We have adapted in many ways. We have introduced specific rider policies and delivery procedures and provided training to restaurants on how to treat food. Deliveroo also released our “table service” technology, where customers can order food directly from their table in local pubs and restaurants that operate with Deliveroo. We also changed our marketing and adjusted our message to suit the circumstances.

How has data insight been used to best effect in your business?

We have used data in multiple ways. On the one hand, the most important task was to understand what was important to consumers.  We ran several pieces of bespoke research to understand how consumers were reacting to the trends and adjusted elements like our product, marketing, customer care to what we thought would be best to help them during these difficult time. On the other hand, restaurant data helped us to understand how consumers were ordering and how order trends were changing. Based on this, our commercial team worked on expanding our selection on the most popular categories.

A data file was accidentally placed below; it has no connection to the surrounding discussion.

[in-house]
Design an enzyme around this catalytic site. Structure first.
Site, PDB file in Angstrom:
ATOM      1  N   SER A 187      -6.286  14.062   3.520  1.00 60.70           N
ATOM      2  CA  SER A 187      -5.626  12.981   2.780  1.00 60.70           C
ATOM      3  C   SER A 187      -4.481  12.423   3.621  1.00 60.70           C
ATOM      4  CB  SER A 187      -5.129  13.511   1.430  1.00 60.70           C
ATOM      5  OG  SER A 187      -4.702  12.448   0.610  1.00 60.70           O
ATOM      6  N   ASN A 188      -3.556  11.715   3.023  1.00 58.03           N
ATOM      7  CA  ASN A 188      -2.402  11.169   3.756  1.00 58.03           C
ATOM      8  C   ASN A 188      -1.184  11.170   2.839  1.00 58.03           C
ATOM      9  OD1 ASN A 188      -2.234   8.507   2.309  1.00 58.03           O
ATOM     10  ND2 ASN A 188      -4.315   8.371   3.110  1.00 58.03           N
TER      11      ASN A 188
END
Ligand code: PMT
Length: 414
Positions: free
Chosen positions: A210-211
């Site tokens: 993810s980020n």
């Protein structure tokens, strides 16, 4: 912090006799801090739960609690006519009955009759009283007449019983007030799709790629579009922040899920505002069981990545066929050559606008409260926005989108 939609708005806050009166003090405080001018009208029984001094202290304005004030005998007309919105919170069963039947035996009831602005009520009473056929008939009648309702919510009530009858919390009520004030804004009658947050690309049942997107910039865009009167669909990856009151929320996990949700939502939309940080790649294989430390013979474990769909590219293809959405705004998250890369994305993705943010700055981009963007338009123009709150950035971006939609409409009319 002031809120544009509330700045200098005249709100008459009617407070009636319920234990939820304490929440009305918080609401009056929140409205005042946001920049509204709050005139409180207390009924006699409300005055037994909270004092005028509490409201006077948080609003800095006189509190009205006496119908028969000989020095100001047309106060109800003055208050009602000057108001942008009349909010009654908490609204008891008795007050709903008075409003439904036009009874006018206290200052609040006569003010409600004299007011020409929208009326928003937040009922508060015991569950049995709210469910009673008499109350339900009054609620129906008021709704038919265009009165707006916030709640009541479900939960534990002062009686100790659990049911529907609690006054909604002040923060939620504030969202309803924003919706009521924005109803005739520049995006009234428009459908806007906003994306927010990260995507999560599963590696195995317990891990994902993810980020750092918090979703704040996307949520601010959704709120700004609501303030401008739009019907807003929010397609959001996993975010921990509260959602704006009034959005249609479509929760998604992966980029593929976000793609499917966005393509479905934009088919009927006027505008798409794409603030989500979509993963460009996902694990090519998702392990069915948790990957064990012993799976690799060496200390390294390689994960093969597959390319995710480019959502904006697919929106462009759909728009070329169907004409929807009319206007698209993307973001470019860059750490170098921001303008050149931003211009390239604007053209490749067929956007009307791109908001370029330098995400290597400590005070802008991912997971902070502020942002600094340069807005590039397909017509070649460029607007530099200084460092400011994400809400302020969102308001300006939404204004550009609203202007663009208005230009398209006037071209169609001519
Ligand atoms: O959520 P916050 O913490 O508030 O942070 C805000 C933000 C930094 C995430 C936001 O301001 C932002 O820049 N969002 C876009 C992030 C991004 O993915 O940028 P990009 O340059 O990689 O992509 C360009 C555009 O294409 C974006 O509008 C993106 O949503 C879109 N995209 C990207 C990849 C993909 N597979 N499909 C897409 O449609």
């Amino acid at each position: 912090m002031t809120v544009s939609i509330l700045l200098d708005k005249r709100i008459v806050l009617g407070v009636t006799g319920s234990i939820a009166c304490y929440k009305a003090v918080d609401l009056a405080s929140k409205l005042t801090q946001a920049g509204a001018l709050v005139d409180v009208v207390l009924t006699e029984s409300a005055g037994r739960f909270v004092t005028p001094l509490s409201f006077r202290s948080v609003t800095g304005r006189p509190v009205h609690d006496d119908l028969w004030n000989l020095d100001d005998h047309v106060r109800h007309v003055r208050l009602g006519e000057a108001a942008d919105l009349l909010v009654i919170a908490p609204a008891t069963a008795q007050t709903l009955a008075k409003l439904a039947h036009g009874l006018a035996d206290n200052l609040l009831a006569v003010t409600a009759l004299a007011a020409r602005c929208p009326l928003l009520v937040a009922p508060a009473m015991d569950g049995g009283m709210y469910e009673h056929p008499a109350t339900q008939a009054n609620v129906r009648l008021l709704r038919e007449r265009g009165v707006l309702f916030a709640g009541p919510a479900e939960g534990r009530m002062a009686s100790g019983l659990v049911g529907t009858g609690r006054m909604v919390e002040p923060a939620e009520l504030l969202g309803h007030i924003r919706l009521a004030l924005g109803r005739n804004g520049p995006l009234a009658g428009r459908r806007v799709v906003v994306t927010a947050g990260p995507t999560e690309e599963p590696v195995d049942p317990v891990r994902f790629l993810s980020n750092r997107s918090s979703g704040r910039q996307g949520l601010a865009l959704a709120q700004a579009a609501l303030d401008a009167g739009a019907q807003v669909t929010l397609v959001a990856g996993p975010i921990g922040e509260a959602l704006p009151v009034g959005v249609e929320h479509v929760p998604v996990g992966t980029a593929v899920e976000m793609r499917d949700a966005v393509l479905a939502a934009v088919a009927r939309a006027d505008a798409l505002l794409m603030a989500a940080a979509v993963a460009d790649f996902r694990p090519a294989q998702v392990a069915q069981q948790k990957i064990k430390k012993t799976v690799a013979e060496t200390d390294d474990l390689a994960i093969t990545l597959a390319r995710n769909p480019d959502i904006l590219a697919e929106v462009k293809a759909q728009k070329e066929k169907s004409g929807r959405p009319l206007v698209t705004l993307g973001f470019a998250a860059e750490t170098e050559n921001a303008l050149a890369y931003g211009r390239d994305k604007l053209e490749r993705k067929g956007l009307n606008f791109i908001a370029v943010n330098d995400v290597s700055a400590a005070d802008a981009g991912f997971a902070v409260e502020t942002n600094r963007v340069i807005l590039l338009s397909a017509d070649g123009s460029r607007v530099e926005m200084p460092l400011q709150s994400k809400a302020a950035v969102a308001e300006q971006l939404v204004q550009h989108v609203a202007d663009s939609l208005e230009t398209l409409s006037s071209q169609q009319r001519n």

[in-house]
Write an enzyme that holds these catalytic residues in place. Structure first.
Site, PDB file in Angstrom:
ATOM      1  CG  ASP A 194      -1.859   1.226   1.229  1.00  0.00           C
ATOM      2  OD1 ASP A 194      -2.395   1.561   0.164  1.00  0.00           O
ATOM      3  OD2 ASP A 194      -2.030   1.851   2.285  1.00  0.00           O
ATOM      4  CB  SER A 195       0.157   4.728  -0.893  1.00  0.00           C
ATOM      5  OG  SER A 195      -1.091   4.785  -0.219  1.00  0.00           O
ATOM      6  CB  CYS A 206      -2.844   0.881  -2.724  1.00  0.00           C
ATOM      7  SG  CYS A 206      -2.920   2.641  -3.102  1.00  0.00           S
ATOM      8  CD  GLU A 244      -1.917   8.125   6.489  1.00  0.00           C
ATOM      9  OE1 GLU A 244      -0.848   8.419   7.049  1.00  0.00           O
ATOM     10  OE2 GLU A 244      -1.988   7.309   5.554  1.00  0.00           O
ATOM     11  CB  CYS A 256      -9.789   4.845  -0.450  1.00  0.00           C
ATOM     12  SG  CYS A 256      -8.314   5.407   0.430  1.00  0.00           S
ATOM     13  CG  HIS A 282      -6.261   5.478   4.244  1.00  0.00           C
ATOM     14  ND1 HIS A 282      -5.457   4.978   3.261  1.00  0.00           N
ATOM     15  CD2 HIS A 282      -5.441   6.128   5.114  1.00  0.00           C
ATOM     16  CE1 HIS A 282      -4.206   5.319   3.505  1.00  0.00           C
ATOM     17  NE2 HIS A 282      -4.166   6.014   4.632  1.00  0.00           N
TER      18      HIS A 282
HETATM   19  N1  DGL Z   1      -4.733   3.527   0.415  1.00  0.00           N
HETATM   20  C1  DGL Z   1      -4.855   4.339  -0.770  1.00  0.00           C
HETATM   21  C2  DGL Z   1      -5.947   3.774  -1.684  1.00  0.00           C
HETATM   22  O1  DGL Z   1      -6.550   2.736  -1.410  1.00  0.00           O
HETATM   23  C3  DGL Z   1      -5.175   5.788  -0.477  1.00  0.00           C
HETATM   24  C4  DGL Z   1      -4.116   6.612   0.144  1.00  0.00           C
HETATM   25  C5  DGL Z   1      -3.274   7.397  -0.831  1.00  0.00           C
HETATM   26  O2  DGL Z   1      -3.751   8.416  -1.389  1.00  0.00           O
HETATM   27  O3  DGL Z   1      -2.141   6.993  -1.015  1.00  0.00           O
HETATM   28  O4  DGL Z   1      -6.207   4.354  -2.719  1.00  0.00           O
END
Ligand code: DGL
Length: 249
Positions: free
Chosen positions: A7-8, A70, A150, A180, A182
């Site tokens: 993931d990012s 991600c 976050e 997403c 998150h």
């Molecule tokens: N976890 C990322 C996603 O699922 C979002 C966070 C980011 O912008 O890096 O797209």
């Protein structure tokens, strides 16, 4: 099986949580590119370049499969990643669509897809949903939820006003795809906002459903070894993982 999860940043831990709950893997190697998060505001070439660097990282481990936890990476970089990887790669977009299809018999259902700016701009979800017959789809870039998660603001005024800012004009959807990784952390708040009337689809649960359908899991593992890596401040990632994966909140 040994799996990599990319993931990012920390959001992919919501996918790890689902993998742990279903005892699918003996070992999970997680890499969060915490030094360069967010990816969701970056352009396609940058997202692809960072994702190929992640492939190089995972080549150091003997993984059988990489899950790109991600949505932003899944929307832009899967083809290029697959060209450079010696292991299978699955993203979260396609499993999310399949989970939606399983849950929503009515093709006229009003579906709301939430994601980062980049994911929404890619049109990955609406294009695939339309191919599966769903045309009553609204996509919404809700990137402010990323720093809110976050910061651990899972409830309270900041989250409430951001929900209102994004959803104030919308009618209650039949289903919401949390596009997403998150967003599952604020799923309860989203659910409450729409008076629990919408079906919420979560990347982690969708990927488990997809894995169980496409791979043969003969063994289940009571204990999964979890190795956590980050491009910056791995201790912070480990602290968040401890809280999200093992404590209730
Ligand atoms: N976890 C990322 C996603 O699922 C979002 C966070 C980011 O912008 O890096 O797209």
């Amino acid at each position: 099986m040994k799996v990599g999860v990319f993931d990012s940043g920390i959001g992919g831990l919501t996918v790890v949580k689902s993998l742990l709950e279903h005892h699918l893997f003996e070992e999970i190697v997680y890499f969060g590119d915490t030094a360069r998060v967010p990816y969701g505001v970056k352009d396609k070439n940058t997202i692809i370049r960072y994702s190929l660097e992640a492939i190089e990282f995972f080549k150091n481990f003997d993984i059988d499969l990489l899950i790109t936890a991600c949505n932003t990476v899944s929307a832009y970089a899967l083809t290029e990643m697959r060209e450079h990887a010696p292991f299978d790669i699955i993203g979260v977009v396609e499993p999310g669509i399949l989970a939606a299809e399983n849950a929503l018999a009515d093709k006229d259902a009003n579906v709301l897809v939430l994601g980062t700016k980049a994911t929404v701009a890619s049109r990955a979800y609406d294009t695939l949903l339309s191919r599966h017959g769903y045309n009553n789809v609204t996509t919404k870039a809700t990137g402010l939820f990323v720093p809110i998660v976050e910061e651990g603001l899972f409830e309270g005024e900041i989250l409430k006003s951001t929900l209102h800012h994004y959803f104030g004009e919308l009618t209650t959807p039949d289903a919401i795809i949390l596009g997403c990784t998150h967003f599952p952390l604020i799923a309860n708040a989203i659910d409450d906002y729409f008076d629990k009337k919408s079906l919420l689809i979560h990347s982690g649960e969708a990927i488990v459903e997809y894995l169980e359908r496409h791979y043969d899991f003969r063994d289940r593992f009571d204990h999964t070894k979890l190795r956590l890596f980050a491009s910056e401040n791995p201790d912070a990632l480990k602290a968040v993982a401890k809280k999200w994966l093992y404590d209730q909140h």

How has your approach to marketing changed during the pandemic?

We pivoted from very commercial and traditional advertising to a more social and CSR-focused approach. We really care about how to help consumers and we put all our energy into working with our restaurant partners to deliver better experiences and food to those in need. We pledged to Deliveroo 500,000 meals to the NHS — which we’re proud to say we achieved! And we worked with partners like TV stations to push our CSR message beyond our own channels. 

What long-term impact will the pandemic have on your business and what are your main challenges for the year ahead?

Deliveroo has seen accelerated adoption thanks to Covid-19. Our mission is to be here to help and serve consumers, with the help of riders and restaurants. Overall, Deliveroo will continue adjusting to consumer’s needs.

Read more: Businesses label Google and Facebook as among biggest threats to advertising

Rav Dhaliwal, chief marketing and digital Officer, Easyhotel

How has the lockdown most impacted your company?